JL: The genesis of Quiptu is based on an experience that my co-founder had in Montana. He was invited to go on a backpacking trip and he needed a bike. But there wasn’t a local bike shop or REI around for him to rent a gravel bike, so he essentially had to use his friend’s old gravel bike, take it apart, ship it to Montana, and then put it together. The hassle of that process really inspired him to think about how there might be a better way to do that.
When he approached me, Josh knew I had a background in product and software, and that I had been working within the startup community for a while. He told me the idea for Quiptu the night before he married my sister, funny enough, so he goes on his honeymoon and comes back and invites me to start working on it with him. And the rest is history. We started rolling up our sleeves from there.
EI: As far as your day-to-day work, can you describe what you’re focused on accomplishing for Quiptu right now?
JL: We’ve been tunnel-focused on getting our MVP ready to go for launch on June 1st. We’re most focused on building a great experience for both owners and renters of outdoor adventure gear.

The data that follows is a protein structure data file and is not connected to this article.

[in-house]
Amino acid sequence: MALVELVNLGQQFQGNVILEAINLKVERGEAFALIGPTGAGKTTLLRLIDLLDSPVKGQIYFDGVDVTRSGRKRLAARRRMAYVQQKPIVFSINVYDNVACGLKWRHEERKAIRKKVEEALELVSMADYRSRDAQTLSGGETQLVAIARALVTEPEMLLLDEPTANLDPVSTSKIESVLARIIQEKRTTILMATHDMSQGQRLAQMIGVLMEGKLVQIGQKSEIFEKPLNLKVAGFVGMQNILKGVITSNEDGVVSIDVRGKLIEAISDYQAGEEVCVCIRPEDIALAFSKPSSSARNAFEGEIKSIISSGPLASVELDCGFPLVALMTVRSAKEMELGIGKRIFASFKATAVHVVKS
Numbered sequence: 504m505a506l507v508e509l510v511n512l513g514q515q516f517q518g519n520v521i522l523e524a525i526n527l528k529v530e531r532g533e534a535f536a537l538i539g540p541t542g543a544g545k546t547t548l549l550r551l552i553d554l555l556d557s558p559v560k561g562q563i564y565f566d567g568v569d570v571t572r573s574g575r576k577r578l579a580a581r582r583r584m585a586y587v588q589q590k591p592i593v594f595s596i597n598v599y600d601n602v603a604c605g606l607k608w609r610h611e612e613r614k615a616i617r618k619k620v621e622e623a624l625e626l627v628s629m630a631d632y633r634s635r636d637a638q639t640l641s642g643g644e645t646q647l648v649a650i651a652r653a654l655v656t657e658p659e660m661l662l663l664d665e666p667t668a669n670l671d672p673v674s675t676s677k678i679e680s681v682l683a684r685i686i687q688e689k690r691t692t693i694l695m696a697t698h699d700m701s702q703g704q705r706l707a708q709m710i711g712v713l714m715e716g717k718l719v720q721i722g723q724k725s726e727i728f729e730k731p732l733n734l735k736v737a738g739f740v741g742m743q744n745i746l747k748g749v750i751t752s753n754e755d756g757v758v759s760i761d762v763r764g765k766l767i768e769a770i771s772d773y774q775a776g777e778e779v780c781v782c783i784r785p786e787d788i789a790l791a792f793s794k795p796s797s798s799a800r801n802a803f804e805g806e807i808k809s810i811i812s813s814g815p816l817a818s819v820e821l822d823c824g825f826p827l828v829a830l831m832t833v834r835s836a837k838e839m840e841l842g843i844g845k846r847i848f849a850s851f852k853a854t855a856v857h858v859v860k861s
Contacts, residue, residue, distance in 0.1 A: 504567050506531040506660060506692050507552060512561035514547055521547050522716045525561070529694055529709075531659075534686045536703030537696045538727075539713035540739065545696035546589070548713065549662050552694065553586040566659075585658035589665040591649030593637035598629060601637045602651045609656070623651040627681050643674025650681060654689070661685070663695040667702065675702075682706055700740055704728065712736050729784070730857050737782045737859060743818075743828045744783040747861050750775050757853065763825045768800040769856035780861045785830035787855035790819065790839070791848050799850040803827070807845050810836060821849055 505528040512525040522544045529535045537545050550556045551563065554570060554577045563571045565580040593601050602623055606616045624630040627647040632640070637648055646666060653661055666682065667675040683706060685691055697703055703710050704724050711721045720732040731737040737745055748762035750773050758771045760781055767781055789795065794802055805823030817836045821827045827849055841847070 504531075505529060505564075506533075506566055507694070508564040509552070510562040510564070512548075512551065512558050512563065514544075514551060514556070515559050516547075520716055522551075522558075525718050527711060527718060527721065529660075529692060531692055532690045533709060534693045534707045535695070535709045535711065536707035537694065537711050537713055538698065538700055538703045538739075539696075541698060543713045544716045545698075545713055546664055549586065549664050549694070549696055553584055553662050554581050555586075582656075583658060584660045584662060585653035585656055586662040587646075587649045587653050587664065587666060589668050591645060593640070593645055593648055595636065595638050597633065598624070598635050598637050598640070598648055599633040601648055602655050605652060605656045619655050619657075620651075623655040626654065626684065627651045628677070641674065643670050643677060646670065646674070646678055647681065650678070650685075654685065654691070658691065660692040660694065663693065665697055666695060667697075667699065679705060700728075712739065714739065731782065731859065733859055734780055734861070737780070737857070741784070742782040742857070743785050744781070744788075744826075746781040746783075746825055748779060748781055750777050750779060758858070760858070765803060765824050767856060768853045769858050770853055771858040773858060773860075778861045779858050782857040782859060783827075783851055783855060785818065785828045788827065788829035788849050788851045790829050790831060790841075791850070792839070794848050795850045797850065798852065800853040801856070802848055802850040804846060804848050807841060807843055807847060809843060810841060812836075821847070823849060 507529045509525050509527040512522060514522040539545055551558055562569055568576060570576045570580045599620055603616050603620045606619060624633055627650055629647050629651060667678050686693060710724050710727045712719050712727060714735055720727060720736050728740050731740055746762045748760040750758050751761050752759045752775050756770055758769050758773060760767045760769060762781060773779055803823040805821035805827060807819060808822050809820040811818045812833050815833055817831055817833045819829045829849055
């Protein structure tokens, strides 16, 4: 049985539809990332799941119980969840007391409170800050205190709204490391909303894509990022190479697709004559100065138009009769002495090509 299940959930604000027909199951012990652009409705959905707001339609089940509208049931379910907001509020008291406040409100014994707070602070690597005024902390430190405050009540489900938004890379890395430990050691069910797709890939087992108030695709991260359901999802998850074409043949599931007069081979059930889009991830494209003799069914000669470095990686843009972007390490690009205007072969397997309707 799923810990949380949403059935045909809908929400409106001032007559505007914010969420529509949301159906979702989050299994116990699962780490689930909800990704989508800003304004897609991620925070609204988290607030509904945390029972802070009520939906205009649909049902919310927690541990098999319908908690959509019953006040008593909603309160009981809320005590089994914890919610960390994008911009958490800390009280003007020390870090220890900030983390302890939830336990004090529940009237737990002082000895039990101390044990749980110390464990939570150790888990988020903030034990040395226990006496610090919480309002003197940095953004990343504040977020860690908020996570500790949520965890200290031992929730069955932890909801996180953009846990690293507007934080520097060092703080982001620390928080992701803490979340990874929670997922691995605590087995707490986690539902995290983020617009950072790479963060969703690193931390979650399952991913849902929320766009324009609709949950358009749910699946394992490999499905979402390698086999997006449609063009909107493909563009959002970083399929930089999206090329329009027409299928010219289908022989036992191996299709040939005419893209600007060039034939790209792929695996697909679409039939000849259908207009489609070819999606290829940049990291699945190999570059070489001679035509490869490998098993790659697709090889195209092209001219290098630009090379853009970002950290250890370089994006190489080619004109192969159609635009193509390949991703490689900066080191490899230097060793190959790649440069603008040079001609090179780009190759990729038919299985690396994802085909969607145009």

What’s driving us is our desire to delight our customers. On the owner side—those posting an item—we’re making that process as seamless as we can. But we need to make the experience of making a reservation for a renter smooth as well, and then allow that connection between the owner and renter to occur.
EI: You also continue to work part-time as a product lead for Near The Box, a firm that consults with early-stage product companies from a dev perspective. How does working there inform your perspective on the product industry, and especially the needs of other early-stage product companies?